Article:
Because it’s a film that so crucially relies on carefully developing its story, and playing out its various startling revelations with measured restraint, it’s tricky to talk about John Kastner’s Life With Murder without exposing its secrets. (Indeed, we’ve been explicitly urged by the producers and Kastner himself to check any impulse to do so.) But it’s no spoiler to say that the triple Emmy Award–winning Canadian filmmaker has produced what will likely emerge as one of the most talked–about documentaries to screen at this year’s Canadian International Documentary Film Festival, better known as Hot Docs.
Co-produced by the CTV, NFB, and Kastner’s own production company, Life With Murder tells an exceptional story that’s made all the more improbable by virtue of its verity. In January 1998, the town of Chatham, Ontario became the unlikely site of a murder, when eighteen-year-old high schooler Jennifer Jenkins was gunned down in her family home. Just as her traumatized parents were coming to terms with their daughter’s death, local police zeroed in on their prime suspect: Jennifer’s twenty-year-old brother, Mason.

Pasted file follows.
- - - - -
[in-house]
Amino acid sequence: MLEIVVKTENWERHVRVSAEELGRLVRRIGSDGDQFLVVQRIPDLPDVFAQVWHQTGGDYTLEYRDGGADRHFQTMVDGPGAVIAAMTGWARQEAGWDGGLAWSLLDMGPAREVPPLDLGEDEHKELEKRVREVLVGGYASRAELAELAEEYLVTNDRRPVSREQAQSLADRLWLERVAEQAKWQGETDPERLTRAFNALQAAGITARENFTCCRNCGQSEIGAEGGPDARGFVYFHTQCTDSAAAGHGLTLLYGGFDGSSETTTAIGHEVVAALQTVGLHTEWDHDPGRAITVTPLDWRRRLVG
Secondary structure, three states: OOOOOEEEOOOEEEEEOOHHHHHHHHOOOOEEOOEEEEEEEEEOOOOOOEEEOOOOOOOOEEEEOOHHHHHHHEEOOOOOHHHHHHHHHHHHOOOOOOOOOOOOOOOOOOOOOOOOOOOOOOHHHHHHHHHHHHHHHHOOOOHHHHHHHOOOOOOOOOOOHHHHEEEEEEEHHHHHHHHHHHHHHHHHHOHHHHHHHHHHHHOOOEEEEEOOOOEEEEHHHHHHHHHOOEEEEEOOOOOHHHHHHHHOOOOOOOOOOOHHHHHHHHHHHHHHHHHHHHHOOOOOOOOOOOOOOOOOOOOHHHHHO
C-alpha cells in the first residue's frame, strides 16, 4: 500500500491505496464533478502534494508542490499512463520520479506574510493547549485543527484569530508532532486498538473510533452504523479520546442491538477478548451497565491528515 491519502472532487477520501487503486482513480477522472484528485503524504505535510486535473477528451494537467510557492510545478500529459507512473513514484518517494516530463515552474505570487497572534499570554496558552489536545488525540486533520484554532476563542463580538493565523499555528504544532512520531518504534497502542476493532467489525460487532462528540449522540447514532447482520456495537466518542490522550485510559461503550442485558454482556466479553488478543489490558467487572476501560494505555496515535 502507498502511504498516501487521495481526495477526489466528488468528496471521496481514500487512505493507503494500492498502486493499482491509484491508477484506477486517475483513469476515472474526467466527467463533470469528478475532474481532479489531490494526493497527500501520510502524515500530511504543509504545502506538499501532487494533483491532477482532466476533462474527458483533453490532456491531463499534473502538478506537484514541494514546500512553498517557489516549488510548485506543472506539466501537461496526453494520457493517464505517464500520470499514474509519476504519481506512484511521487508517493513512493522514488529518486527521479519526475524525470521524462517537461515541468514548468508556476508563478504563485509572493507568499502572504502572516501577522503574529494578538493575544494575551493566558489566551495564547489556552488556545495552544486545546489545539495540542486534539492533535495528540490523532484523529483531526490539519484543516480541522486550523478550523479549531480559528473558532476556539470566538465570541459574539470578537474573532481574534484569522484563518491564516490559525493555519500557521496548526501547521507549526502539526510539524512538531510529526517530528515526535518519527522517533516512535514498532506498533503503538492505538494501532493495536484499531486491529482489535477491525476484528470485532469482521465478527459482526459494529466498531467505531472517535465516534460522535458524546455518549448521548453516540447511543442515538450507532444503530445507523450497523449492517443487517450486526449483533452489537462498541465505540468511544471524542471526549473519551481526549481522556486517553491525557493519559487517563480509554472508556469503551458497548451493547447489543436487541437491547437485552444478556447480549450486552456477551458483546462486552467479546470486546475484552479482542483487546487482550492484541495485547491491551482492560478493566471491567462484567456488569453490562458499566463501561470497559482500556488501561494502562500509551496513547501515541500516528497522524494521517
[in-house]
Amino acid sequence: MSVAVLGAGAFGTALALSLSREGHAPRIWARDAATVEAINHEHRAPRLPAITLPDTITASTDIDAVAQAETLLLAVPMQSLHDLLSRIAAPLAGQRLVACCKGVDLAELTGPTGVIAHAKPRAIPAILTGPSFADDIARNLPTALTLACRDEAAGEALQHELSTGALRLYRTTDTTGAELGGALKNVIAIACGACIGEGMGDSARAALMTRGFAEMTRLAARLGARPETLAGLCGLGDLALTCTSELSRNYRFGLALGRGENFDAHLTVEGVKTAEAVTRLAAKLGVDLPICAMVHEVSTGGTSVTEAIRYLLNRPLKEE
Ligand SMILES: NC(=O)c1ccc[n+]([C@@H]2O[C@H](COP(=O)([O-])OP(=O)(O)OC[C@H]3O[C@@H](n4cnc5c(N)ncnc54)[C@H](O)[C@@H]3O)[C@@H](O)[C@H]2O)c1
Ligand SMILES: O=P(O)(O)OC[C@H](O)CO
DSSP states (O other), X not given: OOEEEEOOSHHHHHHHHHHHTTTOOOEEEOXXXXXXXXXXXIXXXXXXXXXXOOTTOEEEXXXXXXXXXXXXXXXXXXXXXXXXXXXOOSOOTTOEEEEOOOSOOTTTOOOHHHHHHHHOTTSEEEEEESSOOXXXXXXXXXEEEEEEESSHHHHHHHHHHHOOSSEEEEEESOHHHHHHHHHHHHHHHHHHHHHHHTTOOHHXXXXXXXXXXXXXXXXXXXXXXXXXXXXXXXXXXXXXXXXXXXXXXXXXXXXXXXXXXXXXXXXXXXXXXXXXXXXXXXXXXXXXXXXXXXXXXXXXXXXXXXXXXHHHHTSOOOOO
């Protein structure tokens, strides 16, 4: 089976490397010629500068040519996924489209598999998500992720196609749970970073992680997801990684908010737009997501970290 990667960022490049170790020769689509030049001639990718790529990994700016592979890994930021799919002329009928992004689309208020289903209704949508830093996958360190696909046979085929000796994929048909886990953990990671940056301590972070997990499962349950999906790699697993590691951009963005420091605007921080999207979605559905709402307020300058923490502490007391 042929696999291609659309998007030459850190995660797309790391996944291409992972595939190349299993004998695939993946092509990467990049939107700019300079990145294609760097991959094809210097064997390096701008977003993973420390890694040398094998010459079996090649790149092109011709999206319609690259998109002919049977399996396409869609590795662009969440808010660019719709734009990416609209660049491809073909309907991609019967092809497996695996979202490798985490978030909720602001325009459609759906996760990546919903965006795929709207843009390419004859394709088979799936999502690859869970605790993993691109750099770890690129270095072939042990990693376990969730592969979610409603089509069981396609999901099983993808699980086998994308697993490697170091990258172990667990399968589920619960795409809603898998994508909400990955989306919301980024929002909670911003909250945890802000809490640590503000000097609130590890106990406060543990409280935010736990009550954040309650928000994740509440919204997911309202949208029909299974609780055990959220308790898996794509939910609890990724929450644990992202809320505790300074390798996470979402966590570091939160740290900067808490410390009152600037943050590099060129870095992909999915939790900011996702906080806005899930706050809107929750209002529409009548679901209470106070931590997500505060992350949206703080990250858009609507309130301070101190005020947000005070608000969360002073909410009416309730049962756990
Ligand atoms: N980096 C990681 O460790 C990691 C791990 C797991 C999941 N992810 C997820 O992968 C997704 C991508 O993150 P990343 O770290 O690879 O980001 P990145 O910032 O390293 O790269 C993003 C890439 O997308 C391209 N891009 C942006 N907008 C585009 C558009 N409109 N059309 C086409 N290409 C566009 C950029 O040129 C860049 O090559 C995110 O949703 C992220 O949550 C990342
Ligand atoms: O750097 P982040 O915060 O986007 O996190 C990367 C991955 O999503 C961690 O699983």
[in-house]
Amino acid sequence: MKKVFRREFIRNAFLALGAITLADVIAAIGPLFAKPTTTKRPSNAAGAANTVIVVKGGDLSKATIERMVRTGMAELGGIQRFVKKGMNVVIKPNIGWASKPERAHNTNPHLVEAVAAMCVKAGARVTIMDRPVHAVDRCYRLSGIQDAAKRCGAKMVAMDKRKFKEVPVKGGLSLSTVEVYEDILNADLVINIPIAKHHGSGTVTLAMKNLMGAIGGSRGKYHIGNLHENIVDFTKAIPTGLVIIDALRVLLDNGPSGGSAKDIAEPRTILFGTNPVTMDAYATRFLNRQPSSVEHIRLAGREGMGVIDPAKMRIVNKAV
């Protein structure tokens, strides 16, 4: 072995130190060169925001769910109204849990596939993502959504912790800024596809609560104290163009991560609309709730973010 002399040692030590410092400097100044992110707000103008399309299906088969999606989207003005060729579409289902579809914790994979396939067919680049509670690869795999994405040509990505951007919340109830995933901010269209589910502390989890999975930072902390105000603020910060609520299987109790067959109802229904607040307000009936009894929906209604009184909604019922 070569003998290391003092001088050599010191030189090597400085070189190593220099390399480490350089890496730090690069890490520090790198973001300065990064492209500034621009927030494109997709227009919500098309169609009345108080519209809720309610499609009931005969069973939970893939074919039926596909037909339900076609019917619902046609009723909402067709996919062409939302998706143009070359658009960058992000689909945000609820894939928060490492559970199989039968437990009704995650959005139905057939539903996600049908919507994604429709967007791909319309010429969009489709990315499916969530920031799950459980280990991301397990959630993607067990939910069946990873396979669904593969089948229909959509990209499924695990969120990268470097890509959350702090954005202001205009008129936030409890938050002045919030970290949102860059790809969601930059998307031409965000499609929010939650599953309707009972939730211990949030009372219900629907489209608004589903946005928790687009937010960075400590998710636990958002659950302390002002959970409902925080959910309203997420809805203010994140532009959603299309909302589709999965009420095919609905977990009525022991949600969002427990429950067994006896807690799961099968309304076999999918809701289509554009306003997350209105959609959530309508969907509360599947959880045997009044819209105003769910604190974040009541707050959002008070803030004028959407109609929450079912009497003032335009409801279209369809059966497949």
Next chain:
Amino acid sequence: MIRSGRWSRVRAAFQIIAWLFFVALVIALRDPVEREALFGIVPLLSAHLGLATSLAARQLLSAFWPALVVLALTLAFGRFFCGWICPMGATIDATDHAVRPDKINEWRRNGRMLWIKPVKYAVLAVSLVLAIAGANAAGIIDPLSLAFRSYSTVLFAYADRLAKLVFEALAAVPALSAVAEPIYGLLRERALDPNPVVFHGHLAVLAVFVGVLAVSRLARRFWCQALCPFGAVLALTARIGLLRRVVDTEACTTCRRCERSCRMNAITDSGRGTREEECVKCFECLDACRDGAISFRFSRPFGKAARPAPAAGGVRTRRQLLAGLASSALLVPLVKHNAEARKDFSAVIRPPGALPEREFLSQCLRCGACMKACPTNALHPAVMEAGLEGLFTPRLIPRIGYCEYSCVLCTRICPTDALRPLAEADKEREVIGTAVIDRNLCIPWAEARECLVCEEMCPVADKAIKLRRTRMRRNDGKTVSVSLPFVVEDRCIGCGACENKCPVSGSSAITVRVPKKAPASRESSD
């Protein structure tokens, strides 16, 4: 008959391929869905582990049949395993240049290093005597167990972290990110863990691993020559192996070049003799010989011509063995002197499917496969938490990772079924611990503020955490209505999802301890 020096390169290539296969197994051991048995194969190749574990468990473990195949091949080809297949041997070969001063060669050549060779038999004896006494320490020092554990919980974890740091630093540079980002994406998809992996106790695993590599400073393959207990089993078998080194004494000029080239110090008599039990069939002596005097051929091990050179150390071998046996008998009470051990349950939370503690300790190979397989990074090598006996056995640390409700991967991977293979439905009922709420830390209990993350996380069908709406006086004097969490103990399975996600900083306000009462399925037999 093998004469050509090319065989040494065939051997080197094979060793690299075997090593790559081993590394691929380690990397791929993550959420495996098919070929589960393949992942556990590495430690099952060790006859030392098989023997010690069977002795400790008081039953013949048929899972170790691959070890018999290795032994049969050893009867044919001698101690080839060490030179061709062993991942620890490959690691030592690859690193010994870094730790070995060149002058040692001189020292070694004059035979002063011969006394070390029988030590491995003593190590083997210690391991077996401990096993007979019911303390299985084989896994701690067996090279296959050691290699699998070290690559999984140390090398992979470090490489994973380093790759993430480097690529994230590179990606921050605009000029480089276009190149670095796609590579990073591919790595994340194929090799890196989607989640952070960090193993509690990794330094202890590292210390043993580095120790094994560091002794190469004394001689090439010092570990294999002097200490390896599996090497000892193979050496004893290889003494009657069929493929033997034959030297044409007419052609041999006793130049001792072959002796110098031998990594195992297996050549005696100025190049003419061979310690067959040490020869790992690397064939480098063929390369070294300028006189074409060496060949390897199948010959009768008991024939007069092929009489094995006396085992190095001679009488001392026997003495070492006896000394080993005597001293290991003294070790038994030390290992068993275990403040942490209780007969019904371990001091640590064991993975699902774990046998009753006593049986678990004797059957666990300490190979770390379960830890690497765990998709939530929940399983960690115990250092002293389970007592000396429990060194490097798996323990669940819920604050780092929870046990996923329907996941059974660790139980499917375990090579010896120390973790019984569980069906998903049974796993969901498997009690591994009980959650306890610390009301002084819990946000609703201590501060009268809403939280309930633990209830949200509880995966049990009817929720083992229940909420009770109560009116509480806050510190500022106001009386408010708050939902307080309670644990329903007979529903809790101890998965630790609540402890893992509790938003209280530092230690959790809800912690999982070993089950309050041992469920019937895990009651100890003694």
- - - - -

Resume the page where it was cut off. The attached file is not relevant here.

Though Mason asserted his innocence, he was eventually convicted of first-degree murder, and is now serving a life sentence at a medium-security correctional institute nearly 500 kilometres from the scene of the crime. Determined to keep what family they have left intact, Brian and Leslie Jenkins remain in close contact with their son, frequently visiting him in prison, exchanging jokes and birthday gifts. Life With Murder is at once a gripping small-town murder mystery and an agonizing portrait of parents’ grief, which only deepens as the film unfolds.
Again, to say too much about Life With Murder is to effectively ruin it. But with its premiere at Hot Docs this weekend to be followed by an airing on CTV (date TBA), as well as other robust (though also undisclosed) distribution deals in North America, it is a film that demands to be seen and, afterward, seriously talked about.
Walrusmagazine.com spoke with Kastner about how he discovered Mason’s case, and the manner in which his film’s story revealed itself. (more…)